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HistoryOct 16, 2012 - 10:08 p.m.

Security update for Mozilla Firefox (important)






MozillaFirefox was updated to the 10.0.9ESR security
release which fixes bugs and security issues:

MFSA 2012-73 / CVE-2012-3977: Security researchers
Thai Duong and Juliano Rizzo reported that SPDY’s request
header compression leads to information leakage, which can
allow the extraction of private data such as session
cookies, even over an encrypted SSL connection. (This does
not affect Firefox 10 as it does not feature the SPDY
extension. It was silently fixed for Firefox 15.)

MFSA 2012-74: Mozilla developers identified and fixed
several memory safety bugs in the browser engine used in
Firefox and other Mozilla-based products. Some of these
bugs showed evidence of memory corruption under certain
circumstances, and we presume that with enough effort at
least some of these could be exploited to run arbitrary

In general these flaws cannot be exploited through
email in the Thunderbird and SeaMonkey products because
scripting is disabled, but are potentially a risk in
browser or browser-like contexts in those products.

CVE-2012-3983: Henrik Skupin, Jesse Ruderman and
moz_bug_r_a4 reported memory safety problems and crashes
that affect Firefox 15.

CVE-2012-3982: Christian Holler and Jesse Ruderman
reported memory safety problems and crashes that affect
Firefox ESR 10 and Firefox 15.

MFSA 2012-75 / CVE-2012-3984: Security researcher
David Bloom of Cue discovered that "select" elements are
always-on-top chromeless windows and that navigation away
from a page with an active "select" menu does not remove
this window.When another menu is opened programmatically on
a new page, the original "select" menu can be retained and
arbitrary HTML content within it rendered, allowing an
attacker to cover arbitrary portions of the new page
through absolute positioning/scrolling, leading to spoofing
attacks. Security researcher Jordi Chancel found a
variation that would allow for click-jacking attacks was

In general these flaws cannot be exploited through
email in the Thunderbird and SeaMonkey products because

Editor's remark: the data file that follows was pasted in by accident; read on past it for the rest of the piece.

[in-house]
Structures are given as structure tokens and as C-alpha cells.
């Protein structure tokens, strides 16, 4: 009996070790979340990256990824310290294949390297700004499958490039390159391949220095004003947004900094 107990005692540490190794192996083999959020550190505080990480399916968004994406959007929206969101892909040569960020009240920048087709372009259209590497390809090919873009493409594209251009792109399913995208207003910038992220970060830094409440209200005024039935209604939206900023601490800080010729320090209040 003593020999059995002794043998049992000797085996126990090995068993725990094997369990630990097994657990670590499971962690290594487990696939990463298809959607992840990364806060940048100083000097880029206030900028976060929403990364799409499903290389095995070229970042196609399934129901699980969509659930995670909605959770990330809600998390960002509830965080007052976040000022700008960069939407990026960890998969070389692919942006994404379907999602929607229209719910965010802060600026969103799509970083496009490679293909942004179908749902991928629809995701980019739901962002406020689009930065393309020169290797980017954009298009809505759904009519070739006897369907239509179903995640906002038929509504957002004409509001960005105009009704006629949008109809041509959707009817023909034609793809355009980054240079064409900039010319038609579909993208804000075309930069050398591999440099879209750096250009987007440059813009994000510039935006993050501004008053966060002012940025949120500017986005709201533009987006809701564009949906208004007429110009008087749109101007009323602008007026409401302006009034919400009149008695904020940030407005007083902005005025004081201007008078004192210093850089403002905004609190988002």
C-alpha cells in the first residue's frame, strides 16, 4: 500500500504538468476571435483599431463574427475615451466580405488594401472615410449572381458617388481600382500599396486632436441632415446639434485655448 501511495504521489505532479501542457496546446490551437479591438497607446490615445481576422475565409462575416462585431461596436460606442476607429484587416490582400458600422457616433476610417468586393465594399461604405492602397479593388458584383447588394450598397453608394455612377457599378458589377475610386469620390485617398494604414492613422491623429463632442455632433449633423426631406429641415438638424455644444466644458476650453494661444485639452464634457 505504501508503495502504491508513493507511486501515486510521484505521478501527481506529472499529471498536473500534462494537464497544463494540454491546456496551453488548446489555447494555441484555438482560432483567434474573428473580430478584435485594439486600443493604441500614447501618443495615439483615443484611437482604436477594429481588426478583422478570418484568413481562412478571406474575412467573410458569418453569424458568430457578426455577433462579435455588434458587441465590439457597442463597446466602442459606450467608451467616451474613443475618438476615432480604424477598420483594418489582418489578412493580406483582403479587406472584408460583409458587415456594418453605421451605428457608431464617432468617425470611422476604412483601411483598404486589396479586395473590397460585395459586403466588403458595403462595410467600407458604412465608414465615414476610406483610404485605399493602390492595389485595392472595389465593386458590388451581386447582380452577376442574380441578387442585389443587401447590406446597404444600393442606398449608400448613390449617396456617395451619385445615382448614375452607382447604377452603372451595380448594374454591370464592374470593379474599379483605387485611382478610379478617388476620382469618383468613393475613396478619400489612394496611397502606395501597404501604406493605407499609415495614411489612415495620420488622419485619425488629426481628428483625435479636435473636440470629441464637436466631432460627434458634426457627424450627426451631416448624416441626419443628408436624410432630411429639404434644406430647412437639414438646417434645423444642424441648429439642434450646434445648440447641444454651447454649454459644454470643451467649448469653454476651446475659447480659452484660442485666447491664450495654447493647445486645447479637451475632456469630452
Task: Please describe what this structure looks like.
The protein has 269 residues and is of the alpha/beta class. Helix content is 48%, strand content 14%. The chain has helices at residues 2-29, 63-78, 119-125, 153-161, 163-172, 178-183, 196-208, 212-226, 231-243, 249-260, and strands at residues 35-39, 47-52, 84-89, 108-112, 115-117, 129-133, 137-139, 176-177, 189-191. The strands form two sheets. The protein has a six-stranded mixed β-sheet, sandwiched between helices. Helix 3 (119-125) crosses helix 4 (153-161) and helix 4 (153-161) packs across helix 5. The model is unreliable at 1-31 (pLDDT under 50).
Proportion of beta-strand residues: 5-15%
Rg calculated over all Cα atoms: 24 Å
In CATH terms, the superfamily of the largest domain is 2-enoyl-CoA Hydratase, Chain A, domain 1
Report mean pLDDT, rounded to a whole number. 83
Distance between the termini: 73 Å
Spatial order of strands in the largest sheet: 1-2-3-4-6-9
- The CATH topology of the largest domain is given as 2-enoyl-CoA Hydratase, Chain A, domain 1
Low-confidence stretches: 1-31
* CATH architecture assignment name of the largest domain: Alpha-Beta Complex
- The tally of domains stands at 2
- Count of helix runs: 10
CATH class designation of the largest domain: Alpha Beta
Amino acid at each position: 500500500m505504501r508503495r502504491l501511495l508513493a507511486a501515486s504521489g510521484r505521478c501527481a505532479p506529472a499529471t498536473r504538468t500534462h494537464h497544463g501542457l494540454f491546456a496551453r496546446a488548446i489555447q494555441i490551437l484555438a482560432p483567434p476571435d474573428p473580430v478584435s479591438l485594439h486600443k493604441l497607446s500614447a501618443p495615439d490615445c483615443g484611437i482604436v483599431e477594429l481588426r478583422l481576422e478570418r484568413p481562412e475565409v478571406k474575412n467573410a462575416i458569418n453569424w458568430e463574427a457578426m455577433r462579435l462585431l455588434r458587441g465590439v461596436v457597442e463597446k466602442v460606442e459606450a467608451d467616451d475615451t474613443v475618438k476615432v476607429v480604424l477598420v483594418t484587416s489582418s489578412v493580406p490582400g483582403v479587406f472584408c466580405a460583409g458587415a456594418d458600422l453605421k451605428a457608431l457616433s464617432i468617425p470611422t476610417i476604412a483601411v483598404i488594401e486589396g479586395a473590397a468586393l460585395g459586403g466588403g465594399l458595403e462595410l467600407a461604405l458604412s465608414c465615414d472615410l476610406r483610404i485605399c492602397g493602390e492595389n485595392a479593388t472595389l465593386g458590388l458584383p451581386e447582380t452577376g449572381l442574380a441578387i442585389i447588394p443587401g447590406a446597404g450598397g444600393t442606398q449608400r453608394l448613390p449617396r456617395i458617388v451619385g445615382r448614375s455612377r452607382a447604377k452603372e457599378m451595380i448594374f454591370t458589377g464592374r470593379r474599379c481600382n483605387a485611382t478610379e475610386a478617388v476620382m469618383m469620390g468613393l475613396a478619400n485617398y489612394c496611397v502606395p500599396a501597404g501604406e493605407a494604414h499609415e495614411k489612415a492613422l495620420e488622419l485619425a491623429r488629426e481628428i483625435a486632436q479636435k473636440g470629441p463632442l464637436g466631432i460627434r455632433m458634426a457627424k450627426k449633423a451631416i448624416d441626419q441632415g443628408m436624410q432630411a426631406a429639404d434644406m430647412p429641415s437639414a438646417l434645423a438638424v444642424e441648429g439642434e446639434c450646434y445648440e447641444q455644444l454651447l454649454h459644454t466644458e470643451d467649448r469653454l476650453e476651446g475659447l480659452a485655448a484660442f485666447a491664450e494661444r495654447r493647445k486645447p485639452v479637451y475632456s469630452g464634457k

scripting is disabled, but are potentially a risk in
browser or browser-like contexts in those products.

Navigation away from a page with an active "select"
dropdown menu can be used for URL spoofing, other evil

Firefox 10.0.1 : Navigation away from a page with
multiple active "select" dropdown menu can be used for
Spoofing And ClickJacking with XPI using and

MFSA 2012-76 / CVE-2012-3985: Security researcher
Collin Jackson reported a violation of the HTML5
specifications for document.domain behavior. Specified
behavior requires pages to only have access to windows in a
new document.domain but the observed violation allowed
pages to retain access to windows from the page’s initial
origin in addition to the new document.domain. This could
potentially lead to cross-site scripting (XSS) attacks.

MFSA 2012-77 / CVE-2012-3986: Mozilla developer
Johnny Stenback discovered that several methods of a
feature used for testing (DOMWindowUtils) are not protected
by existing security checks, allowing these methods to be
called through script by web pages. This was addressed by
adding the existing security checks to these methods.

MFSA 2012-78 / CVE-2012-3987: Security researcher
Warren He reported that when a page is transitioned into
Reader Mode in Firefox for Android, the resulting page has
chrome privileges and its content is not thoroughly
sanitized. A successful attack requires user enabling of
reader mode for a malicious page, which could then perform
an attack similar to cross-site scripting (XSS) to gain the
privileges allowed to Firefox on an Android device. This
has been fixed by changing the Reader Mode page into an
unprivileged page.

This vulnerability only affects Firefox for Android.

MFSA 2012-79 / CVE-2012-3988: Security researcher